Afghanistan: Political Limbo Two Months After The Elections

91580315_991450ac2c_oThe announcement of a final result of Afghanistan’s elections has been dragging on for the past two months. The official result was supposed to come on Saturday, but has been postponed again for several days as the international pressure is mounting.

The Election Complaints Commission, which includes foreign observers, has been investigating widespread election fraud, and is apparently clashing with the Independent Election Commission in a byzantine turn of events. Hamid Karzai has spoken on the telephone with Secretary Clinton, British Prime minister Brown, UN General Secretary Ban Ki-moon and Pakistani President Zardari in order to solve the matter. This intense diplomatic activity seems to have one goal: Avoid a political vacuum in Afghanistan.

Secretary Clinton stated last week that Hamid Karzai is likely to be the winner, even in the case of a runoff. However, the supporters of Karzai’s opponent Abdullah Abdullah think that the elections were stolen by Karzai and are now threatening demonstrations in the North of Afghanistan if there is no second round.

French Foreign Minister Bernard Kouchner was in Kabul Saturday, adding his voice to the mix and trying to assess the electoral conundrum.

“It is up to everyone to respect the election results, and to work for the smooth running either of the elected candidate’s swearing in if an absolute majority is achieved, or for the preparation of a runoff if there is no such a majority,” said a representative of the French Foreign Minister.

Regardless of all this international diplomatic wrangling, time is running out if a runoff is to take place. The onset of the brutal Afghan winter would likely force the postponement of a second round until the spring of next year. This would leave Afghanistan in a precarious political limbo for several months.

The Afghanistan/Pakistan imbroglio is getting more complicated  for the Obama administration and NATO by the minute as President Obama is still pondering the additional number of US troops he will commit to the conflict. The fact that the elections’ result will be view by a large number of Afghans as illegitimate constitutes an enormous problem. If  President Obama decides to follow the recommendations of General McChrystal and adds 40,000 troops for the purpose of nation building, it would  be propping up a corrupt  government view by a large number of Afghans as the puppet of the US & NATO, and this is not a way to win anyone’s “hearts & minds”. Meanwhile the Afghan people are likely to seek the pseudo and brutal order that the less corrupt Taliban shadow government is already providing them.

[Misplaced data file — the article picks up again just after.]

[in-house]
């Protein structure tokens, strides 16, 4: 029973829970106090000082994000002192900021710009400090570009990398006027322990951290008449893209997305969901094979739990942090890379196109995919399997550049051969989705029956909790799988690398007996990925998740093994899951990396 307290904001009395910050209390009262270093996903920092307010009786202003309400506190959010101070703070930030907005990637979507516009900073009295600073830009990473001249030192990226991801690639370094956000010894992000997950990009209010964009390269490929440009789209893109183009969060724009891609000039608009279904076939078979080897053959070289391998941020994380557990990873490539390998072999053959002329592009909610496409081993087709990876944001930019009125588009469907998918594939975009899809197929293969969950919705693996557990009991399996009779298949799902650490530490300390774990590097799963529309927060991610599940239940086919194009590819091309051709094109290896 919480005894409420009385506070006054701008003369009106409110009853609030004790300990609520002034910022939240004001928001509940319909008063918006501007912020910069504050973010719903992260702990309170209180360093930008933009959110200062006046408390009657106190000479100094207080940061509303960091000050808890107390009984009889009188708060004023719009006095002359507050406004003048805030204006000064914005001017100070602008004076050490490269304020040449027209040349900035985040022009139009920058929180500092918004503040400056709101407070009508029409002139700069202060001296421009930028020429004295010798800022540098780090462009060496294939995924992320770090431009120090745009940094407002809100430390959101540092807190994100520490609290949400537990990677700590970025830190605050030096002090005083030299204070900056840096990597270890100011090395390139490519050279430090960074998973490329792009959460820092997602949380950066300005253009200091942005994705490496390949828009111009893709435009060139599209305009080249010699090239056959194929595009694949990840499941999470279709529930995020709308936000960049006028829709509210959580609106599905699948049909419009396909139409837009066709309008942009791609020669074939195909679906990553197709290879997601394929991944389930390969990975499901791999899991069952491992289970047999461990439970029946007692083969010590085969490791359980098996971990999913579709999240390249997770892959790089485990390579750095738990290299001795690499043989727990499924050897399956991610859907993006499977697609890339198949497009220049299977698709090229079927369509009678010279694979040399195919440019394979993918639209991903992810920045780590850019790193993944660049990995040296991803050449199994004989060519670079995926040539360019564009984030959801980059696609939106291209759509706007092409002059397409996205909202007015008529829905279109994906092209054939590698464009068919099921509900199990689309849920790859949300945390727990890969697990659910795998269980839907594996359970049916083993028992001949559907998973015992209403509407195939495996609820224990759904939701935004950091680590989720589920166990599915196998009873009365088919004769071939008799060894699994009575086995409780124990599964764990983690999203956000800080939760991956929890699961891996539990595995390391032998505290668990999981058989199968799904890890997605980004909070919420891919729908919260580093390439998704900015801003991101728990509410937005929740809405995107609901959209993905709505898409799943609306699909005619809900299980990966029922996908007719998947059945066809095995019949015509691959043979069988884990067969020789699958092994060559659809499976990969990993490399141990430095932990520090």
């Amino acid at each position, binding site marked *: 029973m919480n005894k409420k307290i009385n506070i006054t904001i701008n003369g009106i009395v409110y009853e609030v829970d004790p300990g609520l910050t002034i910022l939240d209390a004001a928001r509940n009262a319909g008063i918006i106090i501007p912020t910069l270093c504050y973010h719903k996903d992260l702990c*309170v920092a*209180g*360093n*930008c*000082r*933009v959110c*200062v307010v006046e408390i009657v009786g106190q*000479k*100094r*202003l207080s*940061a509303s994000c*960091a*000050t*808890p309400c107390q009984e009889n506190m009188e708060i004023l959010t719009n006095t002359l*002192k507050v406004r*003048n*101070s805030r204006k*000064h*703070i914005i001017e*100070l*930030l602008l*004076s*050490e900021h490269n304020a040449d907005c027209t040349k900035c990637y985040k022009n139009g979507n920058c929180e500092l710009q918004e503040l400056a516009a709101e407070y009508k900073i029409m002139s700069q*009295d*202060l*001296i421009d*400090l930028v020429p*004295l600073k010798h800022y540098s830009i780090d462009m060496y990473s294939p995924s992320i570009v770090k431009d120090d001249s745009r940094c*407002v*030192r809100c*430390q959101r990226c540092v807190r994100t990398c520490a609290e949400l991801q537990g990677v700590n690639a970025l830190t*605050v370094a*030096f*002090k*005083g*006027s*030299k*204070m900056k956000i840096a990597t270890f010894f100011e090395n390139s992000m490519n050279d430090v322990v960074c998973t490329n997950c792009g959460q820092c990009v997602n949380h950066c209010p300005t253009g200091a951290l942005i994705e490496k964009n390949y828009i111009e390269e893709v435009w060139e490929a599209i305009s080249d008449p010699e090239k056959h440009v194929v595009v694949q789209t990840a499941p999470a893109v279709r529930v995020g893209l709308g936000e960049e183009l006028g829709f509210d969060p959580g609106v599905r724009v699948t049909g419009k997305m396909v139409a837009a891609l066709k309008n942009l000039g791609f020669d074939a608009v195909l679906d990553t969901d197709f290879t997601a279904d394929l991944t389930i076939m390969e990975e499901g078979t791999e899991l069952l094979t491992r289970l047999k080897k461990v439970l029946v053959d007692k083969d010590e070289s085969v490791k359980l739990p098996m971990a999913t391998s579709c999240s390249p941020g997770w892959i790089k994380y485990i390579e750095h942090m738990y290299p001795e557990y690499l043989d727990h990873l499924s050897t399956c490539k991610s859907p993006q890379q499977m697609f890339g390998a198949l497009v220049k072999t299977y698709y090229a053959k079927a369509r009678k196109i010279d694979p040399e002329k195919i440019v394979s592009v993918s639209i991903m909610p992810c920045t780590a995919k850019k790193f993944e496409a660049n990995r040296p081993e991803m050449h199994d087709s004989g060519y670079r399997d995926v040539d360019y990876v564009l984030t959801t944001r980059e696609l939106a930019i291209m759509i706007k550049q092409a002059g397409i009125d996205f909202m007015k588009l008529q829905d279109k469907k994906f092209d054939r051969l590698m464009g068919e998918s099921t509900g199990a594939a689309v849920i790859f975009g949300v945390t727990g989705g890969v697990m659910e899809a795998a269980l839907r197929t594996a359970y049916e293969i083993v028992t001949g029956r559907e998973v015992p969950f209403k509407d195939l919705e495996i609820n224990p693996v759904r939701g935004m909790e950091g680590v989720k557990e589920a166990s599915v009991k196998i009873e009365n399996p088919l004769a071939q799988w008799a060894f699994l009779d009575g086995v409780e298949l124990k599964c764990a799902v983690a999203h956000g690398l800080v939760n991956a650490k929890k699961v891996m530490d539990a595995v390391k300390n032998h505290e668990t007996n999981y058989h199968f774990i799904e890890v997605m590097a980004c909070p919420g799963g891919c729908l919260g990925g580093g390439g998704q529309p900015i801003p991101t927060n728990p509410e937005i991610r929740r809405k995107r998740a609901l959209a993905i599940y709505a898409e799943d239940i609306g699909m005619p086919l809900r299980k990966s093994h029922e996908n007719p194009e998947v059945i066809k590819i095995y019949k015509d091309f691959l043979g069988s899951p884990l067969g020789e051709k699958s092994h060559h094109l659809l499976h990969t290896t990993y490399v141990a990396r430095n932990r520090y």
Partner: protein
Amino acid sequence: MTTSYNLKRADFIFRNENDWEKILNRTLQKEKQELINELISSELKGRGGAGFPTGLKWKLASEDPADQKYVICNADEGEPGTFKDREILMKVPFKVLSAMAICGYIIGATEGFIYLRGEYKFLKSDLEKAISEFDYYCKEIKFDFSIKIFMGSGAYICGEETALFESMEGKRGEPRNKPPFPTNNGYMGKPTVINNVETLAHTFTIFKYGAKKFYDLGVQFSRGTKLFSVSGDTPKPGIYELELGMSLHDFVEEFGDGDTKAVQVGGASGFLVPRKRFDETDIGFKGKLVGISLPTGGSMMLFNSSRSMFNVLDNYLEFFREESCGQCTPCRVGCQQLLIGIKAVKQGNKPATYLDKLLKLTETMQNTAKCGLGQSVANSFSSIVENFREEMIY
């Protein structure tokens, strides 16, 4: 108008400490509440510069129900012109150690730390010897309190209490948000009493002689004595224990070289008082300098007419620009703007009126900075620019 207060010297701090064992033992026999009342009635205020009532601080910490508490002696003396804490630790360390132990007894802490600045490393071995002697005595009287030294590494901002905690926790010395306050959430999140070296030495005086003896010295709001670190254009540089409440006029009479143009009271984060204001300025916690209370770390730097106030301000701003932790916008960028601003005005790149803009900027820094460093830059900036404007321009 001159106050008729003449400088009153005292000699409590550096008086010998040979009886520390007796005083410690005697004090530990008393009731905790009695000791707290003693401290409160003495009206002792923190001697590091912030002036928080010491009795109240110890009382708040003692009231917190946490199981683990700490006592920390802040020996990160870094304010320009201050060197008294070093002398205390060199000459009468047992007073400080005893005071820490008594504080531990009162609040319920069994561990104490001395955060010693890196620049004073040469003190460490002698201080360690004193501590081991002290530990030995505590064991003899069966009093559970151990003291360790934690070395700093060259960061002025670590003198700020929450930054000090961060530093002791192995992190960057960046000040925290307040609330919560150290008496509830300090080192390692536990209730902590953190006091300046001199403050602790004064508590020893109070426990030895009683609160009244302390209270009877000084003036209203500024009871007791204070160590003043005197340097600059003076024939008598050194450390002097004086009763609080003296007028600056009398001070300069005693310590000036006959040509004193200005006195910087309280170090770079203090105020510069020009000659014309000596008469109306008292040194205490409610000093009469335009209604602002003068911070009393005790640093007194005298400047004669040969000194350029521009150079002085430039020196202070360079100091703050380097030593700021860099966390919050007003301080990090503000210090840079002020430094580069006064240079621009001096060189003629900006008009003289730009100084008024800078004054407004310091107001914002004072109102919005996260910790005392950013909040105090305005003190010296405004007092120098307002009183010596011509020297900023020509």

President Obama is about to make the most important decision of his presidency. Hopefully he will be receptive to the opinion of Vice President Biden and put a break on the war mongering instincts of Hillary Clinton, Robert Gates and of course General McChrystal. Sending an additional 40,000 troops will not solve anything except getting more Americans to come back in body bags. The only solution for Afghanistan is a political one. It is time for the Western alliance to bring elements of the Taliban to the negotiating table, and this is precisely what US special envoy Richard Holbrooke should be working on instead of instigating Pakistan into another massive attack on the Taliban.


One Response to Afghanistan: Political Limbo Two Months After The Elections

  1. Canada Guy October 18, 2009 at 5:04 pm

    The War in Afghanistan is over, it’s all about saving face now.

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